What’s the one thing you can’t live without at work?
My truck. I’ve got to get from point A to point B. And my cell phone; they are my two most prized possessions at this point.
grades. It is proof that the physical can impact us emotionally and intellectually. So architecture is valuable and contributes a lot to society.” And it’s so much more than just drawing a nice-looking picture.
What’s the one thing you can’t live without in your life? My two children. I have a 13-year old daughter and an 11-yearold son.
“After the inspiration, after the initial design draft, there is so much collaboration with so many entities to reach the end result,” Jenkins
What are your hobbies?
said. “That’s one of the coolest things about what we do.”
I play a lot of golf and coach soccer. My son likes to hike, so we do a lot of that. I was an avid skier at one point, but not so much anymore. I’m getting a little rickety for that. I really like almost any outdoor pursuit.
Other cool things include opportunities to guide and teach children, something Jenkins thoroughly enjoys. “I take a very active role mentoring kids,” he said. “The firm does a few annual things like teaching environmental architecture to fourth graders in Calhoun County. We are also active with a few private schools that do job shadow programs that put kids in the workforce for a week or two at a time; we take them around and show them the business.” Often, one or two of the students that participated in the job shadowing weeks turn up as summer interns at the firm once they’re in high school. Staying involved and engaged outside of architecture is also important to Jenkins, as his role on the city council shows. He also serves on numerous boards in his community and was the construction coordinator for his area’s Habitat for Humanity.
What is your favorite building from an architectural perspective?
There are so many greats out there, but when I visited Fallingwater [a home in Pennsylvania designed by Frank Lloyd Wright] with college friends, the experience was amazing. The beauty of the design, the way everything was so perfectly woven together, such harmony almost moves you to tears. Later, I went with my father to Chicago, and he had the same reaction to Wright’s personal home.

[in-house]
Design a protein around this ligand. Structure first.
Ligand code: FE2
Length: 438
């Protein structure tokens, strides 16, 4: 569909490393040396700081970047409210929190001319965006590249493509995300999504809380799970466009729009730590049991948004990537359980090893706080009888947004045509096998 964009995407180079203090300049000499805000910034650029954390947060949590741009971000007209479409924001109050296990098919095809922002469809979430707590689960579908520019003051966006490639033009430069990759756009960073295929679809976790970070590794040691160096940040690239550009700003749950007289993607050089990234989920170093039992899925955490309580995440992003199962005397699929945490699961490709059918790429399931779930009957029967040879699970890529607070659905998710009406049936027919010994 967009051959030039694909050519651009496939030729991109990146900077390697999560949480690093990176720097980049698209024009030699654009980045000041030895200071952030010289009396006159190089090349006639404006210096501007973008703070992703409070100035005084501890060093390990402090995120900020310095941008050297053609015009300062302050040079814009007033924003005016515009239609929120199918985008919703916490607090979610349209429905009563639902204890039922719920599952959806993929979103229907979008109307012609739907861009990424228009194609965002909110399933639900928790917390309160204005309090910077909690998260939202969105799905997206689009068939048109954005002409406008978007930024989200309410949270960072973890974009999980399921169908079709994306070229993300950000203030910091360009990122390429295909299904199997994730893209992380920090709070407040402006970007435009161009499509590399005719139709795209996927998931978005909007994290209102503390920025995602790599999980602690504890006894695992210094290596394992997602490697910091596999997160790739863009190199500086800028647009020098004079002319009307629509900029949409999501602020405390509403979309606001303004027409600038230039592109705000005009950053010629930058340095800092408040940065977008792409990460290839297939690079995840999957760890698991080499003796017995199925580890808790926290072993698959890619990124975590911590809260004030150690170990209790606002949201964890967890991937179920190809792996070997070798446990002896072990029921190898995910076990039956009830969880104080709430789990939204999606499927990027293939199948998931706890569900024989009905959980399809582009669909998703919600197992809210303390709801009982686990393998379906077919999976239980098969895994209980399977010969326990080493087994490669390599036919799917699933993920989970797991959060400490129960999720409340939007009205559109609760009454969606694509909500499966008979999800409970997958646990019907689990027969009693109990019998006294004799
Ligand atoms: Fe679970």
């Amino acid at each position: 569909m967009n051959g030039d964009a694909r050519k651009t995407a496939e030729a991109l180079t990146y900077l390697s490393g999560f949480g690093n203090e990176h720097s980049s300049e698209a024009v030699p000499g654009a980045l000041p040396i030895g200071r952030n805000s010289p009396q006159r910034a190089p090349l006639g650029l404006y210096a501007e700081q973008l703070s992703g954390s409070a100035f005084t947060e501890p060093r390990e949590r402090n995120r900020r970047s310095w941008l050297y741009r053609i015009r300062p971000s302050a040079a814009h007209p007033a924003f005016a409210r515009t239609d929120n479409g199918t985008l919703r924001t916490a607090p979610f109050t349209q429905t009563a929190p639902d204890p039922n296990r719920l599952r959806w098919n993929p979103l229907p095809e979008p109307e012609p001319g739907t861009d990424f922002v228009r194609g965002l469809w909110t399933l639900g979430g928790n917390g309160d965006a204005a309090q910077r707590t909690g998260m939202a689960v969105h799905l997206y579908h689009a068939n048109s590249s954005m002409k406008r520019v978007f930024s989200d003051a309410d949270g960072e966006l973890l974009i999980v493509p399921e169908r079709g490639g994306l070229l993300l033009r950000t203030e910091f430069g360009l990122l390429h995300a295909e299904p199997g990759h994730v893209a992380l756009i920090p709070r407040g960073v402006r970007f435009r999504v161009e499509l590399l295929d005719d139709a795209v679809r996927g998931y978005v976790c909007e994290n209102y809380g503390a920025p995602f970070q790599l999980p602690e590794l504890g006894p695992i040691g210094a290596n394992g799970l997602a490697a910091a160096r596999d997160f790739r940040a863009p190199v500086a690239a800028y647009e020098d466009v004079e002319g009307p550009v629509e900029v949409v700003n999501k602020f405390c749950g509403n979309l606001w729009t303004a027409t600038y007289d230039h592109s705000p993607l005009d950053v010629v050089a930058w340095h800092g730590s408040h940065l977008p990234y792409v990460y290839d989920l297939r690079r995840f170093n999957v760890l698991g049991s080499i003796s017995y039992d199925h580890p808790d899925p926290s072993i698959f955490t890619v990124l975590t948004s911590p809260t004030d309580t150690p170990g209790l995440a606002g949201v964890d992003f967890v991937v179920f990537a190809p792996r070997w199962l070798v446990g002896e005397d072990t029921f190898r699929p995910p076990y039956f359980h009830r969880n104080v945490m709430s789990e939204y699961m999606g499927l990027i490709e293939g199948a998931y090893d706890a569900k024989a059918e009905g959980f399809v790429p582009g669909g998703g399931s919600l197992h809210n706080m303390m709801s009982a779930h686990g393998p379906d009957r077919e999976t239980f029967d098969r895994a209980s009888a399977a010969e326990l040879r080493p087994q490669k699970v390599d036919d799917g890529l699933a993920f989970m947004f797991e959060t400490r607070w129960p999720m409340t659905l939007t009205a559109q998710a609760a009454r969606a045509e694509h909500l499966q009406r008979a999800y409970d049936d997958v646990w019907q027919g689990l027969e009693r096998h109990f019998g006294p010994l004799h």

If you could have dinner with anyone, dead or alive, who would it be? Ernest Hemingway. “Old Man and the Sea” has always been one of my favorite books. I know we’d have plenty to drink and know it would be fascinating to sit and hear him tell the tales of his life.
With all this activity, no one would blame Jenkins for starting to wind things down a bit. Yet, he’s got no plans to slow down anytime soon.
What’s your motto?
“I’ve been practicing architecture for about a quarter of a century, but
I work under the motto, “If you don’t care who gets the credit, you’d be amazed what can be accomplished.”
I’ve got a lot left to accomplish before I will be satisfied; there’s much left to do, more problems to solve,” he said.
What is the last book you read? “The Te of Piglet”
Published on Aug 26, 2012
ConcreteWorks is a magazine of the Alabama Concrete Industries Association produced on a quarterly basis. The publication features in-depth...